Your proposed planet would essentially be a water planet, despite the small amounts of land still found on the surface. As such, we can make a few simplifying assumptions and work with some best-guess scenarios.
Air currents are greatly simplified by this change. Rather than navigating complex topography, the surface of the Earth has been dramatically smoothed as it follows the ocean surface, which in turn follows the geoid. As such, the air currents will follow the idealized atmospheric cell circulation shown below (if this is confusing, check out my answer here for a more detailed explanation of why these patterns form):
The equator is still going to be the warmest area, as it's receiving the most solar radiation per square meter. Most of the evaporation will happen here, and the ITCZ will remain intact but will actually align nearly-perfectly with the equator, rather than being deflected to the north as it is in today's Earth.
The atmospheric cells will radiate from there, following idealized Hadley and Ferrel models. As pointed out by the Reddit link you found, the jet streams will grow a bit stronger because they no longer need to meander quite as much. You can check out what the jet stream is doing today at this cool website. They'll still run into the Himalayan Plateau and the Andes, but those will each be easier to avoid.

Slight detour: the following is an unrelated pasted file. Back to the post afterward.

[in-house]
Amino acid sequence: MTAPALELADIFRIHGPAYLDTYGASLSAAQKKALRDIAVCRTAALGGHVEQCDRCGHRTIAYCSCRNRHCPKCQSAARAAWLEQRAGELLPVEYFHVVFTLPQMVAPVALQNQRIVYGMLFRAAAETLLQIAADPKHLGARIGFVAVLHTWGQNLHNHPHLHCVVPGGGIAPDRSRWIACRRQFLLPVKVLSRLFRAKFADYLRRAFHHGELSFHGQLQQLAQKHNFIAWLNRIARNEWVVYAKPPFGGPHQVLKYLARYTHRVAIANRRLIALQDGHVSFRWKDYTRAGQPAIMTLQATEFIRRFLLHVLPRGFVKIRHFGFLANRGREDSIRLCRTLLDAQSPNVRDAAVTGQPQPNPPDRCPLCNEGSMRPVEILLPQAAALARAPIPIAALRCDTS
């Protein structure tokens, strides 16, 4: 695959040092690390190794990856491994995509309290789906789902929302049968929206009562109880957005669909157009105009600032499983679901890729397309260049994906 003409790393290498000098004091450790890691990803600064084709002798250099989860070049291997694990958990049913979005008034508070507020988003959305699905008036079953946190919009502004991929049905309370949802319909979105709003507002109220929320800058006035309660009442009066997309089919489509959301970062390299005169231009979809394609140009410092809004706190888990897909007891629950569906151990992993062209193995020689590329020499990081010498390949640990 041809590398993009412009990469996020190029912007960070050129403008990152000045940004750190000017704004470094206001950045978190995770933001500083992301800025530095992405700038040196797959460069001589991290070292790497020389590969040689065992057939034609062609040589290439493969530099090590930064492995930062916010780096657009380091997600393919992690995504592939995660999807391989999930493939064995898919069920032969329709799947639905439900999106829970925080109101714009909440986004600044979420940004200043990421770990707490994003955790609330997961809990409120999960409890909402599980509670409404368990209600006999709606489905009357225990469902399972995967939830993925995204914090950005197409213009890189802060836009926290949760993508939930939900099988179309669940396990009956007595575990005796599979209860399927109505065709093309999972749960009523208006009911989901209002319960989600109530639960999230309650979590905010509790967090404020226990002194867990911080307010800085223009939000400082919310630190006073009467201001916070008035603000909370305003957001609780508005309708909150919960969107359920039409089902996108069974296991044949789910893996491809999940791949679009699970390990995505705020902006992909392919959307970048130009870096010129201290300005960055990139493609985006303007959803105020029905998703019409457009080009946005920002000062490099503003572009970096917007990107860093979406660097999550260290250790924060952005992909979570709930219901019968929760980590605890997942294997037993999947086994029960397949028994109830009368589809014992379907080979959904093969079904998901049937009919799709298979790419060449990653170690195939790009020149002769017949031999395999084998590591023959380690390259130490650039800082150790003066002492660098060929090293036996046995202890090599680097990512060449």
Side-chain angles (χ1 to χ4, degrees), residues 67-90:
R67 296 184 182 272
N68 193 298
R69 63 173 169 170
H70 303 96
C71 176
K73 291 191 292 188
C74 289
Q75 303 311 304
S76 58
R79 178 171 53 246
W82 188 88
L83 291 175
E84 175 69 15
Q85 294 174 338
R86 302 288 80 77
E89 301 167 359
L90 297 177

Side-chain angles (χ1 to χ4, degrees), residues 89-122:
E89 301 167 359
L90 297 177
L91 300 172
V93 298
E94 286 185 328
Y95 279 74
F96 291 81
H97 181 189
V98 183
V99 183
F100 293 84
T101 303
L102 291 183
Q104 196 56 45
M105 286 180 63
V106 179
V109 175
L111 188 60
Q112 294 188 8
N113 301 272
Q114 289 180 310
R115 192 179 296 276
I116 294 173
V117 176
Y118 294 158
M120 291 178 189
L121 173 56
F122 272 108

The winds across the planet will probably get stronger, leading to more powerful storms and more destruction when they do run into the remaining land. There's an article here that argues it won't be that large of a change, but this has been disputed by other papers.
The monsoon season would be largely minimized. Monsoons are caused by the movement of the ITCZ, which would be significantly weakened for the same reasons described above. Without a strong ITCZ, the monsoons will likely be insignificant.
The oceanic currents are a bit more complex and we don't have as clear of an idea what will happen with them. Some papers find that the Earth becomes latitudinally stratified, with ice caps reaching down much further and the equator becoming warmer. Other papers find that the ocean takes over where the atmosphere fails and succeeds at transporting huge amounts of heat between the equator and the poles, leading to less a less-stratified planet that's more homogeneous temperature-wise.
The gyres themselves would largely dissipate - there's no continental mass to deflect them, so the currents would continue in their normal direction and would wrap around the planet.
I'm not certain on this one, but it also seems likely that the increased ocean surface area will dramatically increase the amount of water in the atmosphere. Because water is a significant greenhouse gas, this will cause an increase in longwave radiation absorption and an increase in the global temperature. This could lead to a runaway greenhouse effect like L. Dutch points out in his answer.
Finally, the albedo of the ocean is much less than the albedo of land. This means that less incoming radiation would be reflected and more would be absorbed. Extrapolating from this site, the Earth's energy budget would increase by about 25 watts per square meter, or maybe 3% of the current amount. This would also contribute to a warmer planet and more greenhouse-like effects.